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Omar Sirri (SOAS), To Perform a Paradox: Checkpoints and Political Authority in Baghdad

Centre for Gulf Studies Virtual Seminar Series

Event details

For the better and worse part of two decades, checkpoints have been an inescapable imposition in and on Baghdad. These installations were placed and populated in 2003 first by occupying US soldiers, and soon thereafter by a collection of Iraqi security forces—to say nothing of the militants and militias who once operated their own. In 2010, close to 1,500 Iraqi security checkpoints dotted the capital. Most residents have long lamented these ubiquitous sites as incapable of engendering urban stability; senior Iraqi police and military commanders have also doubted their utility. Yet checkpoints persisted and still do today, though in vastly reduced numbers. Why? What effects do they generate if not security?

Animated by these central questions, this talk explores Baghdad’s checkpoints by way of their performative functions, and the paradoxical conditions these sites at once represent and produce. Baghdad’s checkpoints play host to performative security routines, both in the theatrical and iterative sense, in turn helping manifest the political authority emplacing them. That these installations appear to effect the state as such, even as ‘its’ purported security provisions are widely bemoaned as amounting to little, suggests everyday paradoxes of power may be as productive as they are puzzling. After all, amidst sweeping condemnations of checkpoints, there is at times consternation for what their removal may portend for city and country. If checkpoints are paradoxically productive, so too are the conflicting sentiments they help provoke. This talk explores how and why that can be, and the implications for the formation of political authority, in Baghdad and beyond.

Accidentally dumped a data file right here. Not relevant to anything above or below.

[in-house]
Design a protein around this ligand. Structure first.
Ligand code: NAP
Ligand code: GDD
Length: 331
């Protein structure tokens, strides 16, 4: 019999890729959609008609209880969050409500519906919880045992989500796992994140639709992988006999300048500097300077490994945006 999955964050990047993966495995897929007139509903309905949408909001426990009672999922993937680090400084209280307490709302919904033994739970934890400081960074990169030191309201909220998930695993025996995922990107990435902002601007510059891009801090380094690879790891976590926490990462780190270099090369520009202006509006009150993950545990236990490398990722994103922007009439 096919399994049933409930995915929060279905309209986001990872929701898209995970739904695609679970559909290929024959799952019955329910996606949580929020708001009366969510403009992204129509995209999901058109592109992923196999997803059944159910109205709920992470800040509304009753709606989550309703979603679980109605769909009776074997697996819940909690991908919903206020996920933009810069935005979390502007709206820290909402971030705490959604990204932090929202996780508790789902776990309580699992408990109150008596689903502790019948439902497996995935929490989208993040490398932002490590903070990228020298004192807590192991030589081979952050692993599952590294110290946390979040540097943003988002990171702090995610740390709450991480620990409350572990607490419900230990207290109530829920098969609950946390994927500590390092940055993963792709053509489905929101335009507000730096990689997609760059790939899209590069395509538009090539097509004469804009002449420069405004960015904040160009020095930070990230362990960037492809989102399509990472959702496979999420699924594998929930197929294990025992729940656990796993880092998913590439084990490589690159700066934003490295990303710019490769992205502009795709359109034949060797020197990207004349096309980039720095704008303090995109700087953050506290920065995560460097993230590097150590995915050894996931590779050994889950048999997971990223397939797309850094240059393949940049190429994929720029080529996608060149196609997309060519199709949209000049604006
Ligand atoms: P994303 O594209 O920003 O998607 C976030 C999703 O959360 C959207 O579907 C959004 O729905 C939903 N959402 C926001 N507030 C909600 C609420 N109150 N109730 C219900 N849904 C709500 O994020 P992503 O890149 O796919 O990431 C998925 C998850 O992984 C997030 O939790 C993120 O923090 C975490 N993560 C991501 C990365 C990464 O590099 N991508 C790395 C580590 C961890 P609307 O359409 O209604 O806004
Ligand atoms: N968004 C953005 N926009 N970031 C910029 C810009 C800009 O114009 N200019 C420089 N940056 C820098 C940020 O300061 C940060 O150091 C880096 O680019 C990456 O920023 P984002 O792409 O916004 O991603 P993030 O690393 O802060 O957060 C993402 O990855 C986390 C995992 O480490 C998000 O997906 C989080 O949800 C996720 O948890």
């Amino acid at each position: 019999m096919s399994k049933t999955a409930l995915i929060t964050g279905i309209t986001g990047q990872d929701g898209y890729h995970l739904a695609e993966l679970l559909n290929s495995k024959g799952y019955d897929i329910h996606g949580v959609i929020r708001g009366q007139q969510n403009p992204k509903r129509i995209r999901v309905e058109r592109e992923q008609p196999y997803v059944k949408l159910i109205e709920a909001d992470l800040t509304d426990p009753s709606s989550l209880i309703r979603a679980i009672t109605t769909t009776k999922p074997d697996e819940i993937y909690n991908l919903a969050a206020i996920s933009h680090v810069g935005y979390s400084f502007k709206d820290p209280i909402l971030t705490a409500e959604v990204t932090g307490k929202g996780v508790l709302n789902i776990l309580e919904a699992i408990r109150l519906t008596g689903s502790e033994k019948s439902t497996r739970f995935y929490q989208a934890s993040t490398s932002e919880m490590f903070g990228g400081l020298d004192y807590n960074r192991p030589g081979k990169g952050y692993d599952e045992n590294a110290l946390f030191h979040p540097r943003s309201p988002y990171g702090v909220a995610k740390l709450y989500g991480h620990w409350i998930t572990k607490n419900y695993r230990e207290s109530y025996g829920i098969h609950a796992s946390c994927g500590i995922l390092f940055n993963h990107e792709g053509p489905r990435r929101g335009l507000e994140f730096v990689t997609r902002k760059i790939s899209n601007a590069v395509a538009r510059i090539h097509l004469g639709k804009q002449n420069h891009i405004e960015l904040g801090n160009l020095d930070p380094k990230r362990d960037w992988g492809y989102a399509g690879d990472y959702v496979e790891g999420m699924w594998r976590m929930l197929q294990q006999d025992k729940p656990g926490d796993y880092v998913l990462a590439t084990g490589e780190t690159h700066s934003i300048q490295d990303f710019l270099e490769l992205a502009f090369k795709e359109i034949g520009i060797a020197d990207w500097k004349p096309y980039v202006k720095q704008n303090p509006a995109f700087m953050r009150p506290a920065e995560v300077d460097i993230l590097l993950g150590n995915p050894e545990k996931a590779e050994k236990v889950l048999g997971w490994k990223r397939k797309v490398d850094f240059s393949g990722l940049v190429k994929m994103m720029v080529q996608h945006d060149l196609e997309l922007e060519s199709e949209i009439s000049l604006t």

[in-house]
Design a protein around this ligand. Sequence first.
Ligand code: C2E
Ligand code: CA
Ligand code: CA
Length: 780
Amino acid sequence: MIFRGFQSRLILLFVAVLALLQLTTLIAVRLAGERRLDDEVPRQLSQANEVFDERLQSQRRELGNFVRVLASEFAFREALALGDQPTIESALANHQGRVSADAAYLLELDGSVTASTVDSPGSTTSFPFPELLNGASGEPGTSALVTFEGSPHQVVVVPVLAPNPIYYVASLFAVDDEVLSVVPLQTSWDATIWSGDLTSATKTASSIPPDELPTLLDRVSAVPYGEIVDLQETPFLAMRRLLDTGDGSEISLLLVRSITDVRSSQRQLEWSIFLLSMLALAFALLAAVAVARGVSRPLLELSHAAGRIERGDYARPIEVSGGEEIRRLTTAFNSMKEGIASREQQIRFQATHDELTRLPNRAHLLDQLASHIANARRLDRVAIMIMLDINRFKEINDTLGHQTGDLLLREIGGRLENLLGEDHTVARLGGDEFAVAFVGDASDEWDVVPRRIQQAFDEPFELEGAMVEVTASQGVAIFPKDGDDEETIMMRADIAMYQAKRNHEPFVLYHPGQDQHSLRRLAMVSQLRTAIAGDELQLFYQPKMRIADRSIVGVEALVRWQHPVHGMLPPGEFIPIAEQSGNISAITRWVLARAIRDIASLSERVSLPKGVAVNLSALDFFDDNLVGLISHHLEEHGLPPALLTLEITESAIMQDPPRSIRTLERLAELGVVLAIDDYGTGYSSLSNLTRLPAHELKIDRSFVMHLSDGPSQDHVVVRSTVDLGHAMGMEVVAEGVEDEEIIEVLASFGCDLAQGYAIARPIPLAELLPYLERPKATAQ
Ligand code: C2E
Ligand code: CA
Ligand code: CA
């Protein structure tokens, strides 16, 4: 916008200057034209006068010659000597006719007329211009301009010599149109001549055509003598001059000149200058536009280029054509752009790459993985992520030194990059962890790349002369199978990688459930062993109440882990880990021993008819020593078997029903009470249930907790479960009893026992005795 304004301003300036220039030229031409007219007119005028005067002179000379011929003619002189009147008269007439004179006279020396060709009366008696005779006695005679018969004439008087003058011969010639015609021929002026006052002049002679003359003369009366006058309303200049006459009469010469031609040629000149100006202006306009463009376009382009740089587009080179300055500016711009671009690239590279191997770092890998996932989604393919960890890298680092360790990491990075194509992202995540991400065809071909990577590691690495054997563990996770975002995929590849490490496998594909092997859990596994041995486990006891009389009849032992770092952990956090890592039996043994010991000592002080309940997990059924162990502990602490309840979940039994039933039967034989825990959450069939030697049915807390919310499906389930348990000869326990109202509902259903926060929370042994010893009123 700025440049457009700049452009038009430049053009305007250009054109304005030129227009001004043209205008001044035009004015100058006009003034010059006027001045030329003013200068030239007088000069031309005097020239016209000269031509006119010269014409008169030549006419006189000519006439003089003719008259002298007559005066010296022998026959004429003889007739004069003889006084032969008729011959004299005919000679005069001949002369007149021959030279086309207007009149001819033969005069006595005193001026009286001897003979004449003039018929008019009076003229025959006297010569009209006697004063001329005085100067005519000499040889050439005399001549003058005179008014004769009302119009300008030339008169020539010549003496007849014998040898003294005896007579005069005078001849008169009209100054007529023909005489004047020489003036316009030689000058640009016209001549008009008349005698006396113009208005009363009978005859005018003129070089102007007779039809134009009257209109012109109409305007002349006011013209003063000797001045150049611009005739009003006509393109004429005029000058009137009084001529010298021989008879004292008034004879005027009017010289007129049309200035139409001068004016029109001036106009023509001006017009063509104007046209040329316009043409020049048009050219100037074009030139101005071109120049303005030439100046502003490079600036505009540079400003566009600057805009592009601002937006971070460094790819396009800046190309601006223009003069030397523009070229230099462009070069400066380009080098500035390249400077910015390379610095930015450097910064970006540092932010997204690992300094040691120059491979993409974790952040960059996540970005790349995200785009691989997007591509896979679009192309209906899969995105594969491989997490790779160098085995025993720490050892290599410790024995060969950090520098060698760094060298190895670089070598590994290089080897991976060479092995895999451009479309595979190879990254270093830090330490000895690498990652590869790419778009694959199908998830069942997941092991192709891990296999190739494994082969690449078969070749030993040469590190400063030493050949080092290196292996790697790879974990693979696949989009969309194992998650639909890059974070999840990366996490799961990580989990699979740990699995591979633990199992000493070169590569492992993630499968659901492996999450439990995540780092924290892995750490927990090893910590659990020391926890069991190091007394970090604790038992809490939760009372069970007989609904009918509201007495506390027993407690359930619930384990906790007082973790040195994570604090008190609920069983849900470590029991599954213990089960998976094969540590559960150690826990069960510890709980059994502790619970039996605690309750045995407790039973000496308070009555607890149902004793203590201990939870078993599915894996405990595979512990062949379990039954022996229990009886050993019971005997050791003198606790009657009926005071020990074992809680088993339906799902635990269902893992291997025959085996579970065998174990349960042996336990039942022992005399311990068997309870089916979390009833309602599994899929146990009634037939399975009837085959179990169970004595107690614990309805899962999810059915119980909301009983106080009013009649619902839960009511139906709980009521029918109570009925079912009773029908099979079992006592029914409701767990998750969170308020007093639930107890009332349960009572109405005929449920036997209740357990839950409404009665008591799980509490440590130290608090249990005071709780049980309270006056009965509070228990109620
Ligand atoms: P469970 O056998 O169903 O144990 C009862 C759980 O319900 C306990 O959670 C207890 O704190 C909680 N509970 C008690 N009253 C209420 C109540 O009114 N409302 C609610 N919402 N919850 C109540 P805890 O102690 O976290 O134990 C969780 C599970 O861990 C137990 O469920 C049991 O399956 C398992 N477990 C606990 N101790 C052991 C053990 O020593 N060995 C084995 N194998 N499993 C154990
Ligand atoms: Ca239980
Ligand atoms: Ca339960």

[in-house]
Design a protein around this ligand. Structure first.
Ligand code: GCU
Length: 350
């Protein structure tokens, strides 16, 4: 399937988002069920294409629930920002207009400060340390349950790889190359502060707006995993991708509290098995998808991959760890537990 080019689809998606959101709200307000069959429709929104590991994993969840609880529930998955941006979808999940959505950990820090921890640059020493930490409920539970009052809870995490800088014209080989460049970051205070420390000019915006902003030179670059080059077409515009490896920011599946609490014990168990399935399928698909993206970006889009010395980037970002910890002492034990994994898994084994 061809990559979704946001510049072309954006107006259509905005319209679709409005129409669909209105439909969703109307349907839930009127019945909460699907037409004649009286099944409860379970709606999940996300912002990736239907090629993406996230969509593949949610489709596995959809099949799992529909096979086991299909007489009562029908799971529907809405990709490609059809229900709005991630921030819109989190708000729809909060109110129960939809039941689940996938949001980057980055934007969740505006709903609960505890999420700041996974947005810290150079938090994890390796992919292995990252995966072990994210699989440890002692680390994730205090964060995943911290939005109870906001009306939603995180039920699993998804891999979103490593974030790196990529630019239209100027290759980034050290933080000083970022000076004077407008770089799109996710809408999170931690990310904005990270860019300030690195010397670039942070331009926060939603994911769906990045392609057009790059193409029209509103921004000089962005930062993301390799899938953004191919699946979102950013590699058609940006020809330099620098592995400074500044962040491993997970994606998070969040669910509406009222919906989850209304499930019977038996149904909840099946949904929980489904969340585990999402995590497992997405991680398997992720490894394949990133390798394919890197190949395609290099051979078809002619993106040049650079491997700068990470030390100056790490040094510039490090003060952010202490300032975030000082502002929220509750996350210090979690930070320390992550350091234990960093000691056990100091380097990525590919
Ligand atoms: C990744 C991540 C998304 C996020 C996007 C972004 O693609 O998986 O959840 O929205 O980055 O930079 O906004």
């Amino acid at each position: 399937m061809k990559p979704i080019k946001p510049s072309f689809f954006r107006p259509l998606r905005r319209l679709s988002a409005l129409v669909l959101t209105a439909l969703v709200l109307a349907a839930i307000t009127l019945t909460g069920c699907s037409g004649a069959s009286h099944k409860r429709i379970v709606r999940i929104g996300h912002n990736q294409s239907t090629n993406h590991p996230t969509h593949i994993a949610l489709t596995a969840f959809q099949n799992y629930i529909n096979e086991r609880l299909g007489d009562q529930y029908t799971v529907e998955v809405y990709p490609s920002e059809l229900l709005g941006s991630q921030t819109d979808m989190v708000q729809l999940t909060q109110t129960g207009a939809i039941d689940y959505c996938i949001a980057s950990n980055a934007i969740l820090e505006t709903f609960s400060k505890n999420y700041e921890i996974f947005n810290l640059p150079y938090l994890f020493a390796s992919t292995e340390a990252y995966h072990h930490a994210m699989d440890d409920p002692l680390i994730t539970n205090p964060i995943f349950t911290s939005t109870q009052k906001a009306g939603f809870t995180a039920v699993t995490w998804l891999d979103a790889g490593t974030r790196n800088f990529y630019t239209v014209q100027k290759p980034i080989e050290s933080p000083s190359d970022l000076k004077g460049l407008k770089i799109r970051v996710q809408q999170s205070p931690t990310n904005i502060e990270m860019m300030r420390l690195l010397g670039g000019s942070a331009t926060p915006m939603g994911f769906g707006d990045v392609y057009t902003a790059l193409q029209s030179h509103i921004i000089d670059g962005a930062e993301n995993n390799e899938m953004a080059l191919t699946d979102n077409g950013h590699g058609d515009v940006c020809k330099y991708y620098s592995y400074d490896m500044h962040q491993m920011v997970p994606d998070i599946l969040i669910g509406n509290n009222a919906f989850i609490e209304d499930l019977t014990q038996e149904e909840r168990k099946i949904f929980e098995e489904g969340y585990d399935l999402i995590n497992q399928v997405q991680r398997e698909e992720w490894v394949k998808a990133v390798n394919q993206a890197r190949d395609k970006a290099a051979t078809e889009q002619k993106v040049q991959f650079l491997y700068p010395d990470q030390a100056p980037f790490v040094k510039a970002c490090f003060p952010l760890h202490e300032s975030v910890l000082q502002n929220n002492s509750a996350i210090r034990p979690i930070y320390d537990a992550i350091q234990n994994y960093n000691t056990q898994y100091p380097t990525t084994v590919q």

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2023_11_28_Omar_Sirri.pdf (3245K)